Catching more of the sun
Combining quantum dots and organic molecules can enable solar cells to capture more of the sun’s light.
Light from the sun is our most abundant source of renewable energy, and learning how best to harvest this radiation is key for the world’s future power needs. Researchers at KAUST have discovered that the efficiency of solar cells can be boosted by combining inorganic semiconductor nanocrystals with organic molecules.
Quantum dots are crystals that only measure roughly 10 nanometers across. An electron trapped by the dot has quite different properties from those of an electron free to move through a larger material.
“One of the greatest advantages of quantum dots for solar cell technologies is their optical properties’ tunability,” explained KAUST Assistant Professor of Chemical Science Omar Mohammed. “They can be controlled by varying the size of the quantum dot.”
Mohammed and his colleagues are developing lead sulfide quantum dots for optical energy harvesting; these tend to be larger than dots made from other materials. Accordingly, lead sulfide quantum dots can absorb light over a wider range of frequencies. This means they can absorb a greater proportion of the light from the sun when compared to other smaller dots.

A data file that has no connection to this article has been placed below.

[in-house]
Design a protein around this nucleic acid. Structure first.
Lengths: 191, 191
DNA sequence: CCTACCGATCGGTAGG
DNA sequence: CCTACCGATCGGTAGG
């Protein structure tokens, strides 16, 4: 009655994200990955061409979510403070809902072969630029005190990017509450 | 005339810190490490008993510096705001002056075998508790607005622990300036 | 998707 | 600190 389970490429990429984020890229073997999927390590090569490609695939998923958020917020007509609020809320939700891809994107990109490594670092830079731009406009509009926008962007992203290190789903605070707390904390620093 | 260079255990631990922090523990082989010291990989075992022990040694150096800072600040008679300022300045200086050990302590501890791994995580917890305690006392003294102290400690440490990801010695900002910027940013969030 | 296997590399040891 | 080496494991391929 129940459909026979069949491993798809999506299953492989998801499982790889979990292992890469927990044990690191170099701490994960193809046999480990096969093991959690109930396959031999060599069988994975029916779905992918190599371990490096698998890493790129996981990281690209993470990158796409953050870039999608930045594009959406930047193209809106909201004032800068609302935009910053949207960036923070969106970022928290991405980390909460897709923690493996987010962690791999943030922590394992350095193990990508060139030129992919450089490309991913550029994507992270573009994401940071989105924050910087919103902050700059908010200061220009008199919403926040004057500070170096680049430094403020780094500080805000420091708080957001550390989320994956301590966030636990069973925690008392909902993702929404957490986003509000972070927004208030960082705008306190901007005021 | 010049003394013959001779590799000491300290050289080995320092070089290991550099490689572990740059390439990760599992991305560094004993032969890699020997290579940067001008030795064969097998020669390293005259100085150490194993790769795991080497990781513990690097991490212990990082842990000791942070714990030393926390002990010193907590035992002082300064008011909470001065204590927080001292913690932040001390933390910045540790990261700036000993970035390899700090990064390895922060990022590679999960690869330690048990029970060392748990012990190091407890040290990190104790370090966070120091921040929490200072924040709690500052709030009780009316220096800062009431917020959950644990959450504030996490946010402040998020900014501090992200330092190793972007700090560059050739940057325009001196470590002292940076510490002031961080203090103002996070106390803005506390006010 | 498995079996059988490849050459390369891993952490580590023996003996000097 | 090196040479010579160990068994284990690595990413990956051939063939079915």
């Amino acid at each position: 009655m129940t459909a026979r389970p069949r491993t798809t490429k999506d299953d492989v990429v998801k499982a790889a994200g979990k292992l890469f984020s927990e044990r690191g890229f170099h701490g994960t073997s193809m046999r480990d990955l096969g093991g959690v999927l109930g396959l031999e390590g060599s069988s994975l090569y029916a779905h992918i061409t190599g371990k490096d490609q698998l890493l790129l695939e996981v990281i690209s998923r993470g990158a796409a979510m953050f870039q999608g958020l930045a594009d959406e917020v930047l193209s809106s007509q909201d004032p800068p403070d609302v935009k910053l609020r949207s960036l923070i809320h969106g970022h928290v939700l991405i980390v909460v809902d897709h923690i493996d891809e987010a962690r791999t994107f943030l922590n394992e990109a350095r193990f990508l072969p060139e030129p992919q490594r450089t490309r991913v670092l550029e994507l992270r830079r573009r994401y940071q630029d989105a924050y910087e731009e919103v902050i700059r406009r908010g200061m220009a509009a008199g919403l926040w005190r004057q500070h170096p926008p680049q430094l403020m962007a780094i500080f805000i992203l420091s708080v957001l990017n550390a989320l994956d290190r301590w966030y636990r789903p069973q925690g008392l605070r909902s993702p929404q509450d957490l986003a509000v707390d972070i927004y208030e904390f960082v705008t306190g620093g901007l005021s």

To make a fully functioning solar cell, electrons must be able to move away from the quantum dot absorption region and flow toward an electrode. Ironically, the property of large lead sulfide quantum dots that makes them useful for broadband absorption — a smaller electron energy bandgap — also hinders this energy harvesting process. Previously, efficient electron transfer had only been achieved for lead sulfide quantum dots smaller than 4.3 nanometers across, which caused a cut-off in the frequency of light converted.
The innovation by Mohammed and the team was to mix lead sulfide quantum dots of various sizes with molecules from a family known as porphyrins. The researchers showed that by changing the porphyrin used, it is possible to control the charge transfer from large lead sulfide dots; while one molecule switched off charge transfer altogether, another one enabled transfer at a rate faster than 120 femtoseconds.
The team believe this improvement in energy harvesting ability is due to the interfacial electrostatic interactions between the negatively charged quantum dot surface and the positively charged porphyrin.
“With this approach, we can now extend the quantum dot size for efficient charge transfer to include most of the near-infrared spectral region, reaching beyond the previously reported cut-off,” stated Mohammed. “We hope next to implement this idea in solar-cells with different architectures to optimize efficiency.”